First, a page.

Being part of Australia’s most important research institutieon, CSIRO Publishing was the logical place to go with a book about Australian scientists. Nevertheless, I am sometimes reminded that popular science represents a small part of their list. That woud be true for most other publishers as well, but whereas other publishers would have a catalogue full of popular non-fiction of other sorts, CSIRO Publishing is loaded with specialist books on some quite obscure topics.
Let me stress that I am not mocking these books at all. I imagine that most play an important role in the development of their field. But that doesn’t stop some of the titles sounding pretty funny to the layperson, and even as a science communicator, I’m enough of a generalist to be amused. Here are some of my favourites:
and that blockbusting best seller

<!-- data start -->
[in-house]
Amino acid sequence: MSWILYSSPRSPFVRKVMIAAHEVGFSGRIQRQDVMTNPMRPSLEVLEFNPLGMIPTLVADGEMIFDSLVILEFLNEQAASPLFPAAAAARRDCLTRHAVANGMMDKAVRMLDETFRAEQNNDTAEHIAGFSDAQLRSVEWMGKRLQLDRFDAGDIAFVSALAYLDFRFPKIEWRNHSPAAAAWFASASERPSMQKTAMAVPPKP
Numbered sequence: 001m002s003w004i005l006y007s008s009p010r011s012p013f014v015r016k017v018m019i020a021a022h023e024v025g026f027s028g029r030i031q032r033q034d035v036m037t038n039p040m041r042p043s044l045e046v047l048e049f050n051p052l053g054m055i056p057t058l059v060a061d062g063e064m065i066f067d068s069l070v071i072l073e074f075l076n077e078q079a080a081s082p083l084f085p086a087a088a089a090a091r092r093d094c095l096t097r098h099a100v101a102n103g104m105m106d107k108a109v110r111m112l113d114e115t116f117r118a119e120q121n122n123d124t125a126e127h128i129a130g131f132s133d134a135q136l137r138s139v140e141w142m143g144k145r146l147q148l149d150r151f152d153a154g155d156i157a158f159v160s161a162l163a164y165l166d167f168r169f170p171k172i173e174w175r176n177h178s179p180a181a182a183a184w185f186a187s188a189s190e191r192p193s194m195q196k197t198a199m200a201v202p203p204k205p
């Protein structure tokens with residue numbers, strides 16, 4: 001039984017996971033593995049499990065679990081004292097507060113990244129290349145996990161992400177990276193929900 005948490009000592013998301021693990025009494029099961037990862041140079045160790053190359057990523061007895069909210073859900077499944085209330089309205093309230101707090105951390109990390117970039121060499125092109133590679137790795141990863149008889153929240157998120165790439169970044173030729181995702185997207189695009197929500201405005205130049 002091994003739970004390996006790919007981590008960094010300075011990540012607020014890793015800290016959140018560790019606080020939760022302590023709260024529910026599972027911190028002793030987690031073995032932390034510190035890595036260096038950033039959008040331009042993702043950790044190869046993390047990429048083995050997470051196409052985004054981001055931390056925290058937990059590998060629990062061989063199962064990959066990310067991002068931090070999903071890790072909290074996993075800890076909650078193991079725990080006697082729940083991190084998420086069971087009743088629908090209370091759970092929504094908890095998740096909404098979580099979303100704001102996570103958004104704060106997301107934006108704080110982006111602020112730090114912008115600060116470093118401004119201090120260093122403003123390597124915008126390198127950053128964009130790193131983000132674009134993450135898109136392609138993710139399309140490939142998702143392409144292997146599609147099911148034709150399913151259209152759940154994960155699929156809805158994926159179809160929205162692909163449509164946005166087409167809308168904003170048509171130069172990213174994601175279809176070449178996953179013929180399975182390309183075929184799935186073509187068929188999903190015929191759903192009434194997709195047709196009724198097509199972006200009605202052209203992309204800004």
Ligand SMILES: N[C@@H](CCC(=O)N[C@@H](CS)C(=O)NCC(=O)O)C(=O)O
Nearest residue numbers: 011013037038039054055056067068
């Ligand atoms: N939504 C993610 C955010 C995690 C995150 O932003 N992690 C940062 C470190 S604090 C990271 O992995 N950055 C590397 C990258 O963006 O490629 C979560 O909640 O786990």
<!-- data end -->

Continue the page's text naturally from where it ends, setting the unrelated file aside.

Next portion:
* Otoliths are ear bones. In fish they grow like tree rings and can be used to tell a fish’s age. They have significance in other ways – there is evidence that pollution is causing distortions in the shape of otoliths of reef fish, causing them to struggle to find their way home to their reefs. In one (tropical) species where the males have a substantial harem of females it has been shown that the otoliths put on a burst of growth once the males aquire a mate, and grow more as the harem gets larger. So you see, both interesting and important – but the title still raises a smile.